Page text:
The first time I heard about the three E’s was when I was interning with Ivy Social. I attended Social School, which is a workshop hosted by the legendary Queens of Ivy Social and Good Day PR, focusing on all things social media. I had already learned so much in the first few weeks of my internship but this? This really laid the foundations for me (…and everyone else in attendance).
All too often, we’re seeing brands being on Facebook or Instagram just for the sake of it or because they think they have to be… which, to be honest, isn’t ideal in any shape or form. It’s like playing professional tennis and knowing that the backhand is one of the strokes you can use but not fully understanding how really important it is in the game. If you know just how critical your backhand is, then wouldn’t you train yourself to have a killer one and in turn, get pretty far in a tournament? Yes, yes you would. 🎾
Think of social media like you think of tennis. When you play tennis, you need to understand the game, its rules and the purpose of each stroke in order to get to a particular place, where you’ll likely reap the benefits – social media is no different.
…yeah, I just tried to use tennis as a metaphor. 😂
No matter your industry, your business, your brand, your personality; you have something to offer. So, why not share it?
Why not educate your audience?
Why not show them that you know what you’re talking about?
Why not tell them why you do what you do?
Don’t get me wrong, you have a product or service to sell. That’s important. The reality is that your audience isn’t going to care, they’re not going to listen to you, they’re not going to use your product or service if all you do is sell, sell and always sell. People don’t always like being marketed to so be creative in how you do it through all the platforms available to you.
For example, one of my clients is a sports technology company with the vision to help athletes reach their goals and become their best through velocity-based training. Rather than consistently sell their product to our audience, we tell them about this type of training and how this product can help them. ⚡️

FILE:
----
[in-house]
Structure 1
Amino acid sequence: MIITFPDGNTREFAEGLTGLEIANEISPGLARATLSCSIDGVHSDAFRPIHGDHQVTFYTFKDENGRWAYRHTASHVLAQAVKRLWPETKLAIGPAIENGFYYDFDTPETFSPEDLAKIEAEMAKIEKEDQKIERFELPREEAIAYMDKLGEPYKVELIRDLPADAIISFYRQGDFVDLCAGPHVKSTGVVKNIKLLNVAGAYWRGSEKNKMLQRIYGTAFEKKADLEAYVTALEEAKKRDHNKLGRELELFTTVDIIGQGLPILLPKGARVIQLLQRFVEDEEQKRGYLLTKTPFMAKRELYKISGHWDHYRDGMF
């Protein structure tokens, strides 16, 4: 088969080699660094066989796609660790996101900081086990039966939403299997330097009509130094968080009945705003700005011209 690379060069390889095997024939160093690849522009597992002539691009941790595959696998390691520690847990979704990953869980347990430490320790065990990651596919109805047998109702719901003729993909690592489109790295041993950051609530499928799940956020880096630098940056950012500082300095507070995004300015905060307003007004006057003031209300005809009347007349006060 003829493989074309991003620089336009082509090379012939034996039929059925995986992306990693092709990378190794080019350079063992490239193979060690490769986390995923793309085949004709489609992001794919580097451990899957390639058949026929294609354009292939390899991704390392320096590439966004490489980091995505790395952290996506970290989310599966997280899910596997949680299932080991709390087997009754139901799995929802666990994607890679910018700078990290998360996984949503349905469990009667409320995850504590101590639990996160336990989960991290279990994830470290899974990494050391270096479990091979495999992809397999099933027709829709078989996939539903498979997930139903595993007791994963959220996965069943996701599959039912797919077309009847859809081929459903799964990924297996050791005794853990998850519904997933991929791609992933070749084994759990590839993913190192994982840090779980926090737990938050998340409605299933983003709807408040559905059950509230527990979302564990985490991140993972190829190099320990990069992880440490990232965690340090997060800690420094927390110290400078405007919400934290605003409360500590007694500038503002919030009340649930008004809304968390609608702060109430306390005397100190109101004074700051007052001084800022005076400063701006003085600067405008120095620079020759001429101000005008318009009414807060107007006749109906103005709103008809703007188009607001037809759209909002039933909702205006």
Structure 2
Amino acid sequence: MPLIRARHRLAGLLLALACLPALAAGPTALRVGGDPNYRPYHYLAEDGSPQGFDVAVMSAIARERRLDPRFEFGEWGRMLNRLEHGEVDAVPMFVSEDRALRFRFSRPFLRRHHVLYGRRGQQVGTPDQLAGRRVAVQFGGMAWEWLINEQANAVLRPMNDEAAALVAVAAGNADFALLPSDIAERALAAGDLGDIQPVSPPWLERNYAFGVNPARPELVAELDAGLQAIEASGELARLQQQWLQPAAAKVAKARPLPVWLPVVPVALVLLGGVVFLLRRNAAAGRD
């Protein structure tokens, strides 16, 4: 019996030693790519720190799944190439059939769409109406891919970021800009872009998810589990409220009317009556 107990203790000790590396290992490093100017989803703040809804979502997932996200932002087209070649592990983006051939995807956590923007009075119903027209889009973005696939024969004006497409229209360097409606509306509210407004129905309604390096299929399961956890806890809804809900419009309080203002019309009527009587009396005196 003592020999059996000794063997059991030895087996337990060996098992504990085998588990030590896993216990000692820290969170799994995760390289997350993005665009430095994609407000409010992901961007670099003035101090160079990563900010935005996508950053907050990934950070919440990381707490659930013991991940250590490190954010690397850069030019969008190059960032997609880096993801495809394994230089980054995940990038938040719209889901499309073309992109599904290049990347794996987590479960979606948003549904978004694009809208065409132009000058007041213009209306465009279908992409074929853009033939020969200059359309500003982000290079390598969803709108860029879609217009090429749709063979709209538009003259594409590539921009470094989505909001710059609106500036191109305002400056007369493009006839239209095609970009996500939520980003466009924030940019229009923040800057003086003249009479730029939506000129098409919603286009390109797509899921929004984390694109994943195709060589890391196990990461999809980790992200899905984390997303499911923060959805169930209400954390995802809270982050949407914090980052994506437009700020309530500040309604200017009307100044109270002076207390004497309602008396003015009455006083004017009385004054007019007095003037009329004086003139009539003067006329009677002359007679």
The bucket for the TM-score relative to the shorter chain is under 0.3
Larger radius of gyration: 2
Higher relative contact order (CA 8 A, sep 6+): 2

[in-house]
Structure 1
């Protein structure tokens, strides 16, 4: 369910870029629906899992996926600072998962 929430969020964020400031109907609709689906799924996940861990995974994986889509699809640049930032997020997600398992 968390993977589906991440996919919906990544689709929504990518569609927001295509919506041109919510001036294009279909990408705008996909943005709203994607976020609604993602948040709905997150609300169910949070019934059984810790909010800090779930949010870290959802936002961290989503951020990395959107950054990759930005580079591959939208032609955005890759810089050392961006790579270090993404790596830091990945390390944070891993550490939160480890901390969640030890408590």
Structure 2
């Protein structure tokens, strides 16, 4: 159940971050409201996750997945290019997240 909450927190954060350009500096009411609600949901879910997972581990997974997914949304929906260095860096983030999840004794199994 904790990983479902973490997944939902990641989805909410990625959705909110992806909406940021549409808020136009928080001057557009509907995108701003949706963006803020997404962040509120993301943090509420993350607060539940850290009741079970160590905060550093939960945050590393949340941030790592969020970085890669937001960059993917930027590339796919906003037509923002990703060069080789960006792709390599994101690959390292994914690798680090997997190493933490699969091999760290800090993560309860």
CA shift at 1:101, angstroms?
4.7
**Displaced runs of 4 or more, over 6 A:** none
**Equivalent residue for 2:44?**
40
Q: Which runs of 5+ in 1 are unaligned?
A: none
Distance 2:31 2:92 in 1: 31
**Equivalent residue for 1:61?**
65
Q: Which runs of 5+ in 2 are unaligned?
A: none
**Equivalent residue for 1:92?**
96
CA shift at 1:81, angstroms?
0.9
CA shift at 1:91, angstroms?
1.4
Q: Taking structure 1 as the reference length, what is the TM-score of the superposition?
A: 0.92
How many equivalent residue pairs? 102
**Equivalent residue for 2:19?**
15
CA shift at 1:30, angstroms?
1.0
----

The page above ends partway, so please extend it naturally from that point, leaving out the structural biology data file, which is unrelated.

Why? Because not every athlete is going to understand velocity-based training, let alone the purpose of this particular device. So, we provide valuable content that people are likely to read. The idea is that it gets them thinking about how they train, which leads to them considering purchasing the device, which results in a positive experience that they share with others.
I’ll keep this one short and sweet: don’t be boring. 💥
The easiest way to do this is to make use of what each platform offers you. Use photos and videos but make them interesting by putting your brand personality at the forefront of all that you do. Use polls, ask questions – use it all if you really want to!
Take Public Bar as an example. It’s just another bar in Canberra, right? I’m clearly biased but I think it’s one of the best bars in town. There are so many great qualities to the place but the downside is that the hospitality industry here is booming. At the surface, every bar in Canberra is just like the next one: an awesome set of staff, cool cocktails, great wine list, delicious food – even Happy Hour. Everyone has Happy Hour. You just need to dig a little deeper and pull out that brand personality that I keep going on about.
If you humanise your business, you’ll connect with your loyal customers or reach a new pool of people that are likely to convert into loyal customers.
So, how do I do this with Public?
- I put names to faces, especially the staff that have been working there for years. People love to see people that they recognise. Actually, they love to see people in general.
- I create a subtle and friendly competition between two managers using the polls feature on Instagram. I’ve asked who does better latte art or who’s going to make the most Espresso Martinis. People froth over this kind of stuff.
- I write captions in a conversational manner. Similar to my last blog post, ‘How to write content for social media’, steer clear from one-liners (…because they’re boring).
Find ways to entertain your audience to keep them looking for more instead of feeling like they’re constantly being sold to.
Given that social media is actually called social media, then it makes all the sense in the world to do just that: be social. Surprisingly enough, there are businesses out there who receive a decent amount of comments and don’t respond to them. 🚫
Would you ignore a compliment in person?
What about a complaint?
How about a question?
Would you ignore a customer?
No, you wouldn’t. And you definitely shouldn’t. The same goes for your online activity. Respond to every comment, like every photo you’re mentioned or tagged in – you can even share photos to your Instagram stories if you want to. The more you engage, the more a platform likes you, the more your content is visible, the more people see your stuff, the more you grow. Get it now? 🙌
Just like your backhand in tennis, the three E’s of social media will get you to a place where you continuously progress. If you educate your audience, entertain and engage with them – then your presence will soar.